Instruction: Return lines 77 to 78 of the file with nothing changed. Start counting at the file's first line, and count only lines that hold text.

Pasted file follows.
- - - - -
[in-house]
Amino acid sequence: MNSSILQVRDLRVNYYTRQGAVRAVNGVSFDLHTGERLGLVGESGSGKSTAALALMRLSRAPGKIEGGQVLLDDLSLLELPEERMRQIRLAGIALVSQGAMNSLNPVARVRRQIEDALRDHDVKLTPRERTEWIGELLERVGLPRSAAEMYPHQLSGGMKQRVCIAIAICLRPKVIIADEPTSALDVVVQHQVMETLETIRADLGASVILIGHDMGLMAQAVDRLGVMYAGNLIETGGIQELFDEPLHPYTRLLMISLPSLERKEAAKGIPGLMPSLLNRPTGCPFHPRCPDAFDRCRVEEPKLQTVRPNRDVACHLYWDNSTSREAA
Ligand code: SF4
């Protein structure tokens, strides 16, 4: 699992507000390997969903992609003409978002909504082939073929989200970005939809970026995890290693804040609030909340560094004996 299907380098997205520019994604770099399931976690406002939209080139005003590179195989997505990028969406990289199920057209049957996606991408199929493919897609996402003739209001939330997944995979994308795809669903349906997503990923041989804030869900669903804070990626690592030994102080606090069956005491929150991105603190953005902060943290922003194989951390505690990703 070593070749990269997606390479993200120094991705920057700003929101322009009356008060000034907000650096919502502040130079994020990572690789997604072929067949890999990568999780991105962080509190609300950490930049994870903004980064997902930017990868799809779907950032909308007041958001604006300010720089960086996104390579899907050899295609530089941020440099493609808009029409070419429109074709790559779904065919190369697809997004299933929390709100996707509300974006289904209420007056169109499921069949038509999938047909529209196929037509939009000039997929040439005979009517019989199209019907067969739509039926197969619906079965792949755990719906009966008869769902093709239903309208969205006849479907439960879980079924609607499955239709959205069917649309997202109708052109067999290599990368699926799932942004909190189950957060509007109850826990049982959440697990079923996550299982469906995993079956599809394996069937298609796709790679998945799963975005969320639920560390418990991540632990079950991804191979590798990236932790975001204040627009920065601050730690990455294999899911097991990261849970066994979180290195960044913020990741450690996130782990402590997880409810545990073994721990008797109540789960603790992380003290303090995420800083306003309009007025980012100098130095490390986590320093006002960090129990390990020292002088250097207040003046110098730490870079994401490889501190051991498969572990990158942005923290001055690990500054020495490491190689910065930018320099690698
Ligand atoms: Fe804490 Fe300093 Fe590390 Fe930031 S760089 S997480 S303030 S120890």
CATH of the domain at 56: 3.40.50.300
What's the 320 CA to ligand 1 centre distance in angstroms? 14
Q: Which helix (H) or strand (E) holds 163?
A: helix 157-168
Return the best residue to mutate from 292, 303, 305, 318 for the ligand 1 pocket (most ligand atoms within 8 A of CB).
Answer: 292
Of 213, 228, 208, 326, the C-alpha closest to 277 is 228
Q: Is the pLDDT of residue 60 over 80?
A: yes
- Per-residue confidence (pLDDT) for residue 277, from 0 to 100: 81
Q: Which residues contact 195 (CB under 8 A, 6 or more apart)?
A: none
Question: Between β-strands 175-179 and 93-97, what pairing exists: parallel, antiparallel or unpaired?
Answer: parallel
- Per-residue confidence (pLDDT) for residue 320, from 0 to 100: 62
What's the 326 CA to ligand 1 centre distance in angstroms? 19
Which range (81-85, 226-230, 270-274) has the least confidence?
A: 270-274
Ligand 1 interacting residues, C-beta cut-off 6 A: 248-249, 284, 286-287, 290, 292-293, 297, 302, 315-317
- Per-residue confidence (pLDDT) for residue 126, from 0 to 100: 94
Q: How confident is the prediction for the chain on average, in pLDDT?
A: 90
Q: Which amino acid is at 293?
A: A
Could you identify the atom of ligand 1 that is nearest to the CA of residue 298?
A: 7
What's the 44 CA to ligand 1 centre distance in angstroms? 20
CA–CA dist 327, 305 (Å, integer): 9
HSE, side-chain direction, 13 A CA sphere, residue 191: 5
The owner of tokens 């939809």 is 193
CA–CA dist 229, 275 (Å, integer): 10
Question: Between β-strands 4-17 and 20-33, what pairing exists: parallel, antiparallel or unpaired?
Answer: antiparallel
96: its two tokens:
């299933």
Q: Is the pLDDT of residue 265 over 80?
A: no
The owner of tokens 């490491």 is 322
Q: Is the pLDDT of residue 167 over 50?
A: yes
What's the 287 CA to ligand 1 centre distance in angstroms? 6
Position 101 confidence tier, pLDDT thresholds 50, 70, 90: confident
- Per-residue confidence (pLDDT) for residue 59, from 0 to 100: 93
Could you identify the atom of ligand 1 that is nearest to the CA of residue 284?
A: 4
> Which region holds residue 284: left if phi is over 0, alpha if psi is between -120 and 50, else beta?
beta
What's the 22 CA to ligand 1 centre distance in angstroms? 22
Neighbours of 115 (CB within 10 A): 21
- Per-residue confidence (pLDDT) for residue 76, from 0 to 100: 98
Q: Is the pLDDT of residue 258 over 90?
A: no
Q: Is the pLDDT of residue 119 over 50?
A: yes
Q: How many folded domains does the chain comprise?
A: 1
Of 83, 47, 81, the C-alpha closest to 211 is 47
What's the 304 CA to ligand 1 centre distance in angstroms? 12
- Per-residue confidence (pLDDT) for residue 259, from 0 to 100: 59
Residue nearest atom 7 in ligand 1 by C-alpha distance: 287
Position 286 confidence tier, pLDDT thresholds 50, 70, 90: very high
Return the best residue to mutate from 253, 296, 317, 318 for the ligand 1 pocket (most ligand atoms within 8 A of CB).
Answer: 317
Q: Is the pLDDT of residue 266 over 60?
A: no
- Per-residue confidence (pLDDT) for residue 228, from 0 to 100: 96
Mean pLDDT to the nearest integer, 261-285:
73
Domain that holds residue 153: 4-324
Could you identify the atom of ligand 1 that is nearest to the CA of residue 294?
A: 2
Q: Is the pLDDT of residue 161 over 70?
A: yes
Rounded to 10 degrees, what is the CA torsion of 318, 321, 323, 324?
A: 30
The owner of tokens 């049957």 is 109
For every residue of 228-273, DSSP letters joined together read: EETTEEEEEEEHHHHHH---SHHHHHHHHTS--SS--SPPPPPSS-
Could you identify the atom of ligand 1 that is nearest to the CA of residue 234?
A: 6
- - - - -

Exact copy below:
Q: Is the pLDDT of residue 161 over 70?
A: yes